Sour cherry, used to make tart cherry juice, has powerful antioxidant, antidiabetic, anti-inflammatory, and anti-obesity effects due to the presence of powerful anthocyanins. While the sour cherry benefits are many, its sharp tart taste keeps people away from having it straight out of a bowl. However, this tiny, bright red seasonal fruit is used to make delicious cakes, crumbles, jams, fruit syrups, and concentrates.
What Are Sour Cherries?
Sour cherry, also known as tart cherry, is the fruit of a small tree (Prunus cerasus) native to Europe but now grows around the world. It is related to the sweet cherry tree and is similar in both appearances and in the fruit it bears. However, although both species grow small, red fruit, those of the sour cherry tree are – true to their name – more acidic and tart to taste. The harvesting season for sour cherries is short and they are therefore most often found on the shop shelves, frozen rather than fresh. 
Serving Size : Nutrient Value Water [g] 86.13 Energy 50 Energy [kJ] 209 Protein [g] 1 Total lipid (fat) [g] 0.3 Ash [g] 0.4 Carbohydrate, by difference [g] 12.18 Fiber, total dietary [g] 1.6 Sugars, total including NLEA [g] 8.49 Sucrose [g] 0.8 Glucose (dextrose) [g] 4.18 Fructose [g] 3.51 Calcium, Ca [mg] 16 Iron, Fe [mg] 0.32 Magnesium, Mg [mg] 9 Phosphorus, P [mg] 15 Potassium, K [mg] 173 Sodium, Na [mg] 3 Zinc, Zn [mg] 0.1 Copper, Cu [mg] 0.1 Manganese, Mn [mg] 0.11 Vitamin C, total ascorbic acid [mg] 10 Thiamin [mg] 0.03 Riboflavin [mg] 0.04 Niacin [mg] 0.4 Pantothenic acid [mg] 0.14 Vitamin B-6 [mg] 0.04 Folate, total [µg] 8 Folate, food [µg] 8 Folate, DFE [µg] 8 Choline, total [mg] 6.1 Vitamin A, RAE [µg] 64 Carotene, beta [µg] 770 Vitamin A, IU [IU] 1283 Lutein + zeaxanthin [µg] 85 Vitamin E (alpha-tocopherol) [mg] 0.07 Vitamin K (phylloquinone) [µg] 2.1 Fatty acids, total saturated [g] 0.07 14:0 [g] 0 16:0 [g] 0.05 18:0 [g] 0.02 Fatty acids, total monounsaturated [g] 0.08 16:1 [g] 0 18:1 [g] 0.08 Fatty acids, total polyunsaturated [g] 0.09 18:2 [g] 0.05 18:3 [g] 0.04 Sources include : USDA 
Sour Cherry Nutrition
Sour cherries contain vitamins A and C and small amounts of sodium, protein, calcium, folate, and iron, according to the USDA National Nutrient Database. Fresh cherries contain approximately 50 calories per 100 grams and are composed of approximately 4% carbohydrates. They are abundant in cancer-fighting anthocyanins, a natural pigment which gives the cherries their ruby red color.  
Top Sour Cherry Benefits
Many people are surprised by how many sour cherry benefits there are packed into this tiny fruit!
A report published in the Journal of Biomedicine and Biotechnology states that sour cherries contain antioxidants, such as ellagic acid and quercetin, which have been shown to single out and fight cancerous cells. They are also a source for melatonin, which might help protect the body from breast cancer. These antioxidants are able to seek out and neutralize free radicals and other unwanted substances that can lead to chronic inflammation and disease.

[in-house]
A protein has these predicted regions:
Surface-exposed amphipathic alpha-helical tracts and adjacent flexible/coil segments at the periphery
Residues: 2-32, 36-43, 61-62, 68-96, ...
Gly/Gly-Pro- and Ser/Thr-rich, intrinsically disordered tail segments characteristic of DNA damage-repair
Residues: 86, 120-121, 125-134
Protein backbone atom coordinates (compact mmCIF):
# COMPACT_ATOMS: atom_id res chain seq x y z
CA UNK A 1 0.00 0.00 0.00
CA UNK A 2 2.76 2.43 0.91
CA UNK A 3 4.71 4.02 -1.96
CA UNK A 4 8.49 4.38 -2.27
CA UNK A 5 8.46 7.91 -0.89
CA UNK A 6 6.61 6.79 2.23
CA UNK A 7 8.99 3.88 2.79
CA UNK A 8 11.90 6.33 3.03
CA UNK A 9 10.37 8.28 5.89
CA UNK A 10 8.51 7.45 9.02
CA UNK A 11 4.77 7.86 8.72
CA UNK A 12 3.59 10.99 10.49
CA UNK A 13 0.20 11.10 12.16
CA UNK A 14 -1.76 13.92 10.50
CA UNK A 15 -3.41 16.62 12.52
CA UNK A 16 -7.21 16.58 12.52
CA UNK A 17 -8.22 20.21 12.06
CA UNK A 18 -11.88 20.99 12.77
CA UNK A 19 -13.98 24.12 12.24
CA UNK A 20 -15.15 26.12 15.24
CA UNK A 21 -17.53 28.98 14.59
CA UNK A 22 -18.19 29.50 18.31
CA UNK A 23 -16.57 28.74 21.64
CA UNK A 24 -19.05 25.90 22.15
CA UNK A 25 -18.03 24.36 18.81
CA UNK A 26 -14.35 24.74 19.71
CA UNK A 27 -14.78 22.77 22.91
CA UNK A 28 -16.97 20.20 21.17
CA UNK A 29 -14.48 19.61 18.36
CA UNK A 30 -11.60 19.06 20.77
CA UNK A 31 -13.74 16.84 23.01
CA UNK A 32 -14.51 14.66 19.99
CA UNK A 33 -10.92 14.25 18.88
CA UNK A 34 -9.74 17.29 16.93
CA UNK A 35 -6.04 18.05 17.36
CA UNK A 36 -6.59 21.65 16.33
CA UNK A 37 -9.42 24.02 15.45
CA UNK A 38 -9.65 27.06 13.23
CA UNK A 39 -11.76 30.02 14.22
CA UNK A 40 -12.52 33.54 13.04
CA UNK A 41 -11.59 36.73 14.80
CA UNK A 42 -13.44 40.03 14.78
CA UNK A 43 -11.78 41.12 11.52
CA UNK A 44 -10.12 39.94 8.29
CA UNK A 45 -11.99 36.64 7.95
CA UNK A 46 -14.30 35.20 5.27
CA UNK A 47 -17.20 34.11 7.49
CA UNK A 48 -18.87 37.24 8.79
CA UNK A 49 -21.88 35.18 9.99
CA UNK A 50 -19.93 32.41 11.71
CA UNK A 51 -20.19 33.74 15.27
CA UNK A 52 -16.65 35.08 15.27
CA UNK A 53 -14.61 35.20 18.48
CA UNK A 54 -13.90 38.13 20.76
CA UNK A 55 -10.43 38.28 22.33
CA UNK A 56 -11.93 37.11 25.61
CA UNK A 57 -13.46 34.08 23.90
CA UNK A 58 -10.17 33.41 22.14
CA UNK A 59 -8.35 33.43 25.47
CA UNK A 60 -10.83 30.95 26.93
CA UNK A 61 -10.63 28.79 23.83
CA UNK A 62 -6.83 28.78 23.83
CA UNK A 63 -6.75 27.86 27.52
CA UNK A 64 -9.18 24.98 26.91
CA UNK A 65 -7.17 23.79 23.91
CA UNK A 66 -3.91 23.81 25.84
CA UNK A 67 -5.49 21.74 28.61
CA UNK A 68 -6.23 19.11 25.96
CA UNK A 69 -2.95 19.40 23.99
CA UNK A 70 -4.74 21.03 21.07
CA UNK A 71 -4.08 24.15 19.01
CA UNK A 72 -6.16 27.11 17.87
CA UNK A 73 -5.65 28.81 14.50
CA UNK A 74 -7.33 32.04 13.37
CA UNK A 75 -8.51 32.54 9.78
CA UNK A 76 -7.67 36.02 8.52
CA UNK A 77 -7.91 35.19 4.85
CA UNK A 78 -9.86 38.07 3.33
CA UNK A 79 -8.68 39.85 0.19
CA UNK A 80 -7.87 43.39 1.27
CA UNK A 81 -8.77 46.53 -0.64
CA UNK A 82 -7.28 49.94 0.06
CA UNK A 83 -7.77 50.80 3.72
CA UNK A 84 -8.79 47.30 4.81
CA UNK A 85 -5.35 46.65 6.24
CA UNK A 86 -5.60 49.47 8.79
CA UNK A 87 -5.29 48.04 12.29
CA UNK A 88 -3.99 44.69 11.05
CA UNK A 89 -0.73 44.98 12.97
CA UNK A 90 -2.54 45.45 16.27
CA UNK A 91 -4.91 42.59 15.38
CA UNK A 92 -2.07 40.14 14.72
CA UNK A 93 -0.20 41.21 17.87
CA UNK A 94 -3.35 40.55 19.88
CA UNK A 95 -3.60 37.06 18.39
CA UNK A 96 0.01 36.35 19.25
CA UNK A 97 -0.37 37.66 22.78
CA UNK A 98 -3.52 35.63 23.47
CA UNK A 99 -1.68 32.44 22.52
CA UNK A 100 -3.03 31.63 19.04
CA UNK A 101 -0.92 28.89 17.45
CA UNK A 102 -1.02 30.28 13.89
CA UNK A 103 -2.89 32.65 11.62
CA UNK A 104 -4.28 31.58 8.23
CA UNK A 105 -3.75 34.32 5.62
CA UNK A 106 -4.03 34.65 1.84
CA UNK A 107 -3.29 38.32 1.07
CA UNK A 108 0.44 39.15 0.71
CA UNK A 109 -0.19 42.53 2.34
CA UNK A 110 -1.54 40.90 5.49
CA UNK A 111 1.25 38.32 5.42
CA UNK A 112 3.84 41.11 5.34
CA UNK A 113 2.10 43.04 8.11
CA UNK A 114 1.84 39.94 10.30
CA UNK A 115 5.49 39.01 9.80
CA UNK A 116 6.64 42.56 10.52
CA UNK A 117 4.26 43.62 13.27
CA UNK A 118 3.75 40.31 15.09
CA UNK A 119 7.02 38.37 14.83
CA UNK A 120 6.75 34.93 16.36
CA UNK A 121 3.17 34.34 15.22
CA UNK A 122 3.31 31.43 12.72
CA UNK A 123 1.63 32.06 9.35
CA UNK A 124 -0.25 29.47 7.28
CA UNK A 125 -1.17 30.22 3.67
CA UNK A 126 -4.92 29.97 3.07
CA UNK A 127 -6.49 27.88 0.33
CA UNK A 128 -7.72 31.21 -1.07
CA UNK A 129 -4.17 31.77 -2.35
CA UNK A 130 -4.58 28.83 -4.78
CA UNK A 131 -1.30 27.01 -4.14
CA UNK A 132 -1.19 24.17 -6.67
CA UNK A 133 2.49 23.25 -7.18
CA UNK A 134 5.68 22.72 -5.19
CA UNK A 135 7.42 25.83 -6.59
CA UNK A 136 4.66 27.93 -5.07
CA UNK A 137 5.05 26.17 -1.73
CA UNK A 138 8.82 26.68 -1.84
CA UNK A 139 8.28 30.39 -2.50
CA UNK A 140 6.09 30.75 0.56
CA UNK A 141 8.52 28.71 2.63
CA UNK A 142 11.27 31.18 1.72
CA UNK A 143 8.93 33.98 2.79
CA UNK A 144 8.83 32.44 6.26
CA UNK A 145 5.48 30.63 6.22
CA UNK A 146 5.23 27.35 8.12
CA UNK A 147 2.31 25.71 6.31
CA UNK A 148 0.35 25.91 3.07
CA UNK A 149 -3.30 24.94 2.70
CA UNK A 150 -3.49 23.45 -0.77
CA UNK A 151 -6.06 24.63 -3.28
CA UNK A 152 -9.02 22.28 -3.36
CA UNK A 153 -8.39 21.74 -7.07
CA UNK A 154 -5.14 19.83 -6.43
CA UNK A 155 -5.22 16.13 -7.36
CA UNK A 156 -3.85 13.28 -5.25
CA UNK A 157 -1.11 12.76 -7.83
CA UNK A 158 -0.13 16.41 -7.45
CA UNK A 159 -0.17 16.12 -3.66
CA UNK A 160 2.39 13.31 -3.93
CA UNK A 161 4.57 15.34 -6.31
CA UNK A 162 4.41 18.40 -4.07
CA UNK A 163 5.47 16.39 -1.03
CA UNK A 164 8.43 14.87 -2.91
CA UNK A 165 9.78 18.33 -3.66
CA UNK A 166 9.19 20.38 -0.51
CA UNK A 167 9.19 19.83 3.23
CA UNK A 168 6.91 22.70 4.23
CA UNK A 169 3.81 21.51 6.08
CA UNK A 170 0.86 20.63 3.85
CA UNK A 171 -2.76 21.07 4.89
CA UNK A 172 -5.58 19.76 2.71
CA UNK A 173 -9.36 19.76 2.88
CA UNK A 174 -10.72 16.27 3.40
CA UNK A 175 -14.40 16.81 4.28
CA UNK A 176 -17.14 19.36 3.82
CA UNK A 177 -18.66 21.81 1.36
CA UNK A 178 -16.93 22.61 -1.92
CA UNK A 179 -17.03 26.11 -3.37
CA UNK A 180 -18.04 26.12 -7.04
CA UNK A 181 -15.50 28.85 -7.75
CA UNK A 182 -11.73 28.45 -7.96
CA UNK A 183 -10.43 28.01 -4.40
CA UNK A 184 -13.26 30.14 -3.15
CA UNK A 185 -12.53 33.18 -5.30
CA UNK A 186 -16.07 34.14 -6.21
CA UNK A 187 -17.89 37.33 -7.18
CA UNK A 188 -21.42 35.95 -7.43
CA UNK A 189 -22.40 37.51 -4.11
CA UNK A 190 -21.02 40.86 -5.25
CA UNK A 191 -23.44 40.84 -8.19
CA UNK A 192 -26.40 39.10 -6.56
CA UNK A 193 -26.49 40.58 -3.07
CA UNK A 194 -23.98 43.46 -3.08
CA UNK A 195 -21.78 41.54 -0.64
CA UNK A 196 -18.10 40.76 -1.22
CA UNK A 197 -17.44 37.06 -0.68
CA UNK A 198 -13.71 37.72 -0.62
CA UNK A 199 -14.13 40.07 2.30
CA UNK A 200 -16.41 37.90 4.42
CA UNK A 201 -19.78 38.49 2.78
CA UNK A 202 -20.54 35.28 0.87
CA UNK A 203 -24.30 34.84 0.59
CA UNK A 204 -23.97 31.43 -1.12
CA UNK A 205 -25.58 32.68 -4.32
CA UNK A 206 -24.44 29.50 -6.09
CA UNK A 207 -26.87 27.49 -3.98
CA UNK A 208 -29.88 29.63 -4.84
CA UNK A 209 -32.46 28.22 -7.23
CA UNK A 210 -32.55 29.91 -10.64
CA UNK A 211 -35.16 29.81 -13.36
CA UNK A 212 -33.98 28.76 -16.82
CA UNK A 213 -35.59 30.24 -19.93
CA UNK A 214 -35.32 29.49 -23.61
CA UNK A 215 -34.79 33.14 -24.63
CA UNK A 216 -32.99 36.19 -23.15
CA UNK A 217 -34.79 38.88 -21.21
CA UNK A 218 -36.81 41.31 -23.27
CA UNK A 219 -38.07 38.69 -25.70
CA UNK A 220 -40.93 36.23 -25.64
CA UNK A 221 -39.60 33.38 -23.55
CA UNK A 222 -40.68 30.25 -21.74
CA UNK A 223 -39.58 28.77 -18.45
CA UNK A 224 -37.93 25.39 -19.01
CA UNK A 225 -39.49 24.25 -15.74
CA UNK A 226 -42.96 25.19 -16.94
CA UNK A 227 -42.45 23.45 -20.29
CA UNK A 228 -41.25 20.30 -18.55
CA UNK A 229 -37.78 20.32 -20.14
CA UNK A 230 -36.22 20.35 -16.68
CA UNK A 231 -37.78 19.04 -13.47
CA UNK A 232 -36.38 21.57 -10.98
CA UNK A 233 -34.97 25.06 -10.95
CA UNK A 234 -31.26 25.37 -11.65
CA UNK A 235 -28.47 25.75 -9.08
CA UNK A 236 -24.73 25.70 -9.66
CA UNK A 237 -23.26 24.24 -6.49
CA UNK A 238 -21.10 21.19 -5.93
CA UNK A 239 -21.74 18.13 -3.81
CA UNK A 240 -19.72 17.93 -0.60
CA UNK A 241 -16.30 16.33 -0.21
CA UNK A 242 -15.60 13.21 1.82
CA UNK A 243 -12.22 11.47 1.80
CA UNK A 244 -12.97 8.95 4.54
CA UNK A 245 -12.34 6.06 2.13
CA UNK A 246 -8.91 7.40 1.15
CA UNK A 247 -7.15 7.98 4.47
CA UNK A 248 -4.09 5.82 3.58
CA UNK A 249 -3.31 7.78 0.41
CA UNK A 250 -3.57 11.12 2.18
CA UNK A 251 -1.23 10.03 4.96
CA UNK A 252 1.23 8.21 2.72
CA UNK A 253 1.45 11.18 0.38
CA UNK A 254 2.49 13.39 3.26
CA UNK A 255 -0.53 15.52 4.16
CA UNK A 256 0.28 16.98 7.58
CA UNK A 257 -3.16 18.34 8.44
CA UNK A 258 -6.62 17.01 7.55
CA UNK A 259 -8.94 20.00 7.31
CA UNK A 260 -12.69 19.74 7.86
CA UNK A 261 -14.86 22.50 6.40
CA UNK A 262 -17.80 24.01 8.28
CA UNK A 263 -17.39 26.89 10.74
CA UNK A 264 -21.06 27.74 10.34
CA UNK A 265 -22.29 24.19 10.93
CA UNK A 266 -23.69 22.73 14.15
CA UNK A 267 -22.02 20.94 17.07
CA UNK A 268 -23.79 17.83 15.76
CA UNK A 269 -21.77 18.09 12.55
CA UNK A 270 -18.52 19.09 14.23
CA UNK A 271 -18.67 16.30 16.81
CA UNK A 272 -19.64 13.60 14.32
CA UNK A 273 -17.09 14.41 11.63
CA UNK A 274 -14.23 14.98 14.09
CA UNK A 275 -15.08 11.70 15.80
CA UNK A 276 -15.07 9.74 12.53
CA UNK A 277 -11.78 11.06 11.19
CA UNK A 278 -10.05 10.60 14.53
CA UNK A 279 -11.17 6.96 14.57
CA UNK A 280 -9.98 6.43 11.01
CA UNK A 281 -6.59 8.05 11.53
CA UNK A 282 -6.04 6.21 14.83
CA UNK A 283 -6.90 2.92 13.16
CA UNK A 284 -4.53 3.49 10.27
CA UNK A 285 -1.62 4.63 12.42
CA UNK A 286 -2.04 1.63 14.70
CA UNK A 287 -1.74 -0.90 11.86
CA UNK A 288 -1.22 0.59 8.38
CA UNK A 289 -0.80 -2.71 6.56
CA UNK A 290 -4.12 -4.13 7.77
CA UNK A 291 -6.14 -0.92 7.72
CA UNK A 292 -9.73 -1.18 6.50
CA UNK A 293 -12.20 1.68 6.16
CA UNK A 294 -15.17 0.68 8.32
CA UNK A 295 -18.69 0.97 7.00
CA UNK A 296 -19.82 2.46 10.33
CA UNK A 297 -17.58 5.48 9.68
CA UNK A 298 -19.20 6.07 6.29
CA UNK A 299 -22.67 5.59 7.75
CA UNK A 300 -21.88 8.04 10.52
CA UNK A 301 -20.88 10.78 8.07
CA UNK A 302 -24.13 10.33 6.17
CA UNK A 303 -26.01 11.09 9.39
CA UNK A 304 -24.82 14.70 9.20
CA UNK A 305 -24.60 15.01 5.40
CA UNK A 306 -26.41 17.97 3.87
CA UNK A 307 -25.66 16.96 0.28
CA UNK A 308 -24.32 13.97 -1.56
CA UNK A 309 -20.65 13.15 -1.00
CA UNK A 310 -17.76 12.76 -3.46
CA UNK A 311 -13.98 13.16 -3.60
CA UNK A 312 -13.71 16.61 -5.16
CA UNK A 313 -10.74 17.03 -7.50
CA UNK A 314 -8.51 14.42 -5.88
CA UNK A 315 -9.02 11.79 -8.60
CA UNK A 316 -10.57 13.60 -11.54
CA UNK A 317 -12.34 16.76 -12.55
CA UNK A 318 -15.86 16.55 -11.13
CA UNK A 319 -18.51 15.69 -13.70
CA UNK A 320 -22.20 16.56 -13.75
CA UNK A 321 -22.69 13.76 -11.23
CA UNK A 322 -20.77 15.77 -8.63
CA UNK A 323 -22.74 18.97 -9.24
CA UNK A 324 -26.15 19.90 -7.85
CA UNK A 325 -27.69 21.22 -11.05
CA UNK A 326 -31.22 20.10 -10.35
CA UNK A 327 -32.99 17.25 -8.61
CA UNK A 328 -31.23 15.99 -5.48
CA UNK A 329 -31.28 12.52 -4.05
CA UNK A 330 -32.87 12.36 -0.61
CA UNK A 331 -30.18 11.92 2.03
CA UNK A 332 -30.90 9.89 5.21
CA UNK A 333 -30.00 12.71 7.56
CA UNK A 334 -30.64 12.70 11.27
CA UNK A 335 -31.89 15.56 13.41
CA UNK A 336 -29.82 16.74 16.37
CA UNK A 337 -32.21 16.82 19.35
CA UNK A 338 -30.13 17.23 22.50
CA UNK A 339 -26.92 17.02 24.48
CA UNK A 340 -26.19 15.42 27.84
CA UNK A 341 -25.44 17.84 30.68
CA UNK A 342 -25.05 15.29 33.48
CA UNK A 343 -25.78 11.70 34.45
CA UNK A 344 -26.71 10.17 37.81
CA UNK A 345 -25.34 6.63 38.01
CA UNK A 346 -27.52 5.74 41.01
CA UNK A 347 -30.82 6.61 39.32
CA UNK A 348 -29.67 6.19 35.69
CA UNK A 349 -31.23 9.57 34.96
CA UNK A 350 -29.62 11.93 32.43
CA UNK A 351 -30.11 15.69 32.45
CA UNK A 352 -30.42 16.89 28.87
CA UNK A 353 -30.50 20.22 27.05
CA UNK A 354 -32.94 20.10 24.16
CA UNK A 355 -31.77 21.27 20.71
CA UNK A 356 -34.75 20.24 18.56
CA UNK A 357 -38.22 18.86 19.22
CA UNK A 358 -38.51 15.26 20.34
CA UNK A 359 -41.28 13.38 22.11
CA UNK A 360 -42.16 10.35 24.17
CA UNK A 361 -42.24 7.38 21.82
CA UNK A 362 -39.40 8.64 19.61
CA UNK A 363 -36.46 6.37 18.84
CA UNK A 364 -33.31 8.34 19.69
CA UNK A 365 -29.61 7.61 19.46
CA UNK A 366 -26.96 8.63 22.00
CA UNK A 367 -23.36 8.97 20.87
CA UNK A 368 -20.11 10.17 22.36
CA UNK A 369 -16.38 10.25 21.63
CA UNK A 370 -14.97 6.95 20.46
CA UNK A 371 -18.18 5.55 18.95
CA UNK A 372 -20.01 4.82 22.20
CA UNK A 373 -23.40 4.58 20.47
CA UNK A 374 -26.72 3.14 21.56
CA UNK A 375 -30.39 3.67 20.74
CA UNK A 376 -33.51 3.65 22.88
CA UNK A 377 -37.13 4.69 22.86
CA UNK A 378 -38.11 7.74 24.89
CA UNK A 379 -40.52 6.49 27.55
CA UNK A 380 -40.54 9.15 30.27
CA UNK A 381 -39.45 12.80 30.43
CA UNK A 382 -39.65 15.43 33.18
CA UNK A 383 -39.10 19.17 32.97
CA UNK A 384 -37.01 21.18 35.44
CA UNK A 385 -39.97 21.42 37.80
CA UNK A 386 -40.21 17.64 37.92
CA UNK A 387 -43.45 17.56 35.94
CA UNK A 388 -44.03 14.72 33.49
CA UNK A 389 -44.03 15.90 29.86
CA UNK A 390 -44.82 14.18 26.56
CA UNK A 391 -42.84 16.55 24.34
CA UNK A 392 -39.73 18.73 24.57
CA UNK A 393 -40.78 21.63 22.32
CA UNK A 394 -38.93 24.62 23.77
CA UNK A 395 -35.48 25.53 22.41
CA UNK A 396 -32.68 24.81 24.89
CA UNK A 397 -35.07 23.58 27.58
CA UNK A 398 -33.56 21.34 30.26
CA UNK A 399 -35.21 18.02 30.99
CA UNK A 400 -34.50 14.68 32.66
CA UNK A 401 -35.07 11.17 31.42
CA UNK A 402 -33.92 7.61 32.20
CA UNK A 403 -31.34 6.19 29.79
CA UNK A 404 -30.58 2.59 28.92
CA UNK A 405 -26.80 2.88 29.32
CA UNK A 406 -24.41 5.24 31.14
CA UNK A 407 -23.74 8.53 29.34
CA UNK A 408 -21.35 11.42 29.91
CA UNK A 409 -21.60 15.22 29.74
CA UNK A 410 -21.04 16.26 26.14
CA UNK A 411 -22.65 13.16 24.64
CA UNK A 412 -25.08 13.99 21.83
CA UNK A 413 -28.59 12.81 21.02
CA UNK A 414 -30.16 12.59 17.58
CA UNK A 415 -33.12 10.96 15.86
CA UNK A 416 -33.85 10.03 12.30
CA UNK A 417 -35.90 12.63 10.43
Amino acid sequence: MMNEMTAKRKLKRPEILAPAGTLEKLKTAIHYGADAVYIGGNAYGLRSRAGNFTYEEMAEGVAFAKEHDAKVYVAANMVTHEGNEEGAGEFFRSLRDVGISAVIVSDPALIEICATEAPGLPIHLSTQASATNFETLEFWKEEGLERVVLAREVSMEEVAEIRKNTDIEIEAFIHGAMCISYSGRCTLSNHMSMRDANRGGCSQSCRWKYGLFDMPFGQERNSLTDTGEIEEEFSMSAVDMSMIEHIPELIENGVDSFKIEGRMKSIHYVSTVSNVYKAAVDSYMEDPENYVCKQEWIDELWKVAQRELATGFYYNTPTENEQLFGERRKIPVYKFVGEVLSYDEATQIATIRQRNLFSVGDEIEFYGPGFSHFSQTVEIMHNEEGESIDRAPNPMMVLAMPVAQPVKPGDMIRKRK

Sour cherries contain anthocyanins, which can help ease pain from osteoarthritis inflictions and reduce inflammation in the joints and other afflicted areas, including hemorrhoids and migraines. Tart cherry juice is loaded with tart or sour cherry benefits, making it a popular health beverage. 
Anthocyanins have also been studied in relation to diabetes resistance, as these antioxidants can help the body produce insulin, which is in turn used to regulate sugar levels. This makes these fruits good for both diabetic individuals and those at risk for the disease, as per a research published in 2014.  
According to a research study conducted by Dr. Glyn Howatson, recently published in the European Journal of Nutrition, the melatonin present in sour cherry may help to alleviate certain sleep conditions, improving issues with restlessness and insomnia. 
Gout Prevention and Remedy
Sour cherries can help to lower the level of uric acid in the blood, which can help stave off gout and ease gout pain. Both, tart cherry juice and black cherry juice, are used in the treatment for gout. 
Ease Muscle Pain
Sour cherries also contain compounds like gallic acid, kaempferol, and p-coumaric acid. Along with quercetin, these compounds may help ease the pain in the muscles and joints after strenuous activity or exercise. 
Sour Cherry Uses
Sour cherry is usually available in gourmet supermarkets or in farmers markets as they don’t keep well for long. The Montmorency sour cherry is one of the most popular varieties of sour cherry grown in the US. It is usually available in frozen bags but if you manage to get fresh sour cherries, you can freeze them to be used later for winter baking. The tart taste lends itself to desserts and baked dishes, but you can experiment and use sour cherries in salad vinaigrettes, in grilled cheese sandwiches, and even in cocktails!
Tart cherry juice and tart cherry supplements are available online as well as in supermarkets. Tart cherry juice is often used to reduce muscle soreness by athletes.
Side Effects of Sour Cherry
Sour cherries are best consumed in solid or liquid form, as the effectiveness and safety of sour cherry supplements have not yet been verified. Sour cherries are suitable for almost everyone without a cherry allergy. Eaten in excess, they may cause diarrhea, so consume them in moderation, and see how your body reacts before making them a daily part of your diet.